The Impact Of The New World Order

Last week, Batista was announced as the main headliner for next year’s WWE Hall of Fame induction ceremony. Despite only eight years as a full-time wrestler on WWE TV, with a few brief returns after that, Batista undoubtedly earned a spot in the WWE Hall of Fame, as he was one of the most popular stars in the organization in the mid-2000s. Ironically, Batista’s best work was probably done during the latter stages of his career as a heel. Even more ironic than that, he was once told by trainers at the WCW Power Plant that he had no chance to make it in sports entertainment. Despite a later start than most to the industry, Batista played a notable role in the post-Attitude Era of the business, winning the world heavyweight championship on several occasions.

But, the actual HOF ceremony, once considered one of the highlights of the wrestling calendar, has lacked somewhat in recent years, specifically when certain mid-card talents went on for over 40 minutes about their mostly average careers. No disrespect intended, but the extended Hillbilly Jim speech from a few years ago saw the entire show grind to a halt. Perhaps this scenario occurs because WWE brass inducted too many major names at the same time, and the depth for more than just a headliner isn’t there. I’ve always thought that inducting stables after individuals were already inducted was repetitive and unnecessary. However, it was announced that the New World Order, including Hulk Hogan, Scott Hall, Kevin Nash, and Syxx will be inducted as a group next year. Considering that all four of them have already been inducted, the move is nothing more than a reason to try to shoehorn some extra star power on the show to try to sell more tickets, but the impact that the NWO had is certainly worth the discussion.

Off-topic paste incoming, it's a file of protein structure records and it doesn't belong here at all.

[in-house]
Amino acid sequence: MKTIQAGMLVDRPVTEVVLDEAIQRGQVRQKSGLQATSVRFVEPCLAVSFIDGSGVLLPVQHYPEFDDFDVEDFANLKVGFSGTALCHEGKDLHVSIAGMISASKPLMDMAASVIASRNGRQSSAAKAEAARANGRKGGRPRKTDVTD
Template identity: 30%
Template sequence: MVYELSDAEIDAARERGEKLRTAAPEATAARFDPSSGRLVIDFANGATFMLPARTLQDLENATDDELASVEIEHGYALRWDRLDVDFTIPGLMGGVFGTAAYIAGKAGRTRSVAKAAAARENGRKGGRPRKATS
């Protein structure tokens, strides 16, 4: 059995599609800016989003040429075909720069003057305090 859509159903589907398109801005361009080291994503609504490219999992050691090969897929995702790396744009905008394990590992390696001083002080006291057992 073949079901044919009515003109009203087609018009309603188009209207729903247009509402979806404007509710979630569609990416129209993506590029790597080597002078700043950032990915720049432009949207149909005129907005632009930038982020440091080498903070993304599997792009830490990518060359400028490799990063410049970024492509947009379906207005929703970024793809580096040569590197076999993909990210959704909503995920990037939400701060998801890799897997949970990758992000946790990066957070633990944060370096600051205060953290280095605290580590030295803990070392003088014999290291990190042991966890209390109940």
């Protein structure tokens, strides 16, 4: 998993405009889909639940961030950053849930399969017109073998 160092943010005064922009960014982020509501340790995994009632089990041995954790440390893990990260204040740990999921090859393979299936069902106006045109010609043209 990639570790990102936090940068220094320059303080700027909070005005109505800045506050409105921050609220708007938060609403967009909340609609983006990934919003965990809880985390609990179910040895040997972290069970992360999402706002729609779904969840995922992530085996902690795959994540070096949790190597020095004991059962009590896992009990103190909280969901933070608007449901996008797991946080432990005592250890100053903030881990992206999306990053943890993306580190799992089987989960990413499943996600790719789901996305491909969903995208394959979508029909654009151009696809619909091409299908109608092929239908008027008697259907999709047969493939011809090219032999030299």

When Eric Bischoff took over Ted Turner’s World Championship Wrestling as Executive Vice President of the organization in 1994, he had an uphill climb, both because of the climate of the industry and the shaky structure that WCW itself had at the time. After Turner bought Jim Crockett Promotions after the group collapsed, the name was changed to World Championship Wrestling to reflect its status as a national product on the TBS network. After the purchase in 1988, the Turner league didn’t have much direction as a wrestling commodity and a revolving door of figure heads were tasked with running the beleaguered company. Former Pizza Hut executive Jim Herd infamously had the job, which yielded results such as a tag team named the Ding Dongs, a pair that would ring a bell during their entrance. Further proving that he should’ve continued cooking bread sticks, Herd also didn’t think that Ric Flair, one of the greatest champions of all-time, could draw money in the early-90s. The rift between Herd and Flair is actually what led to Flair’s two-year run in the WWF while WCW floundered in mediocrity. Around the same time that Flair was WWF champion, Bill Watts, former owner of Mid-South Wrestling before it was sold to Jim Crockett in the late-80s took over the job from Herd. Watts lasted roughly a year before he got himself fired and the job was briefly taken by Ole Anderson, who quit the position in late-93.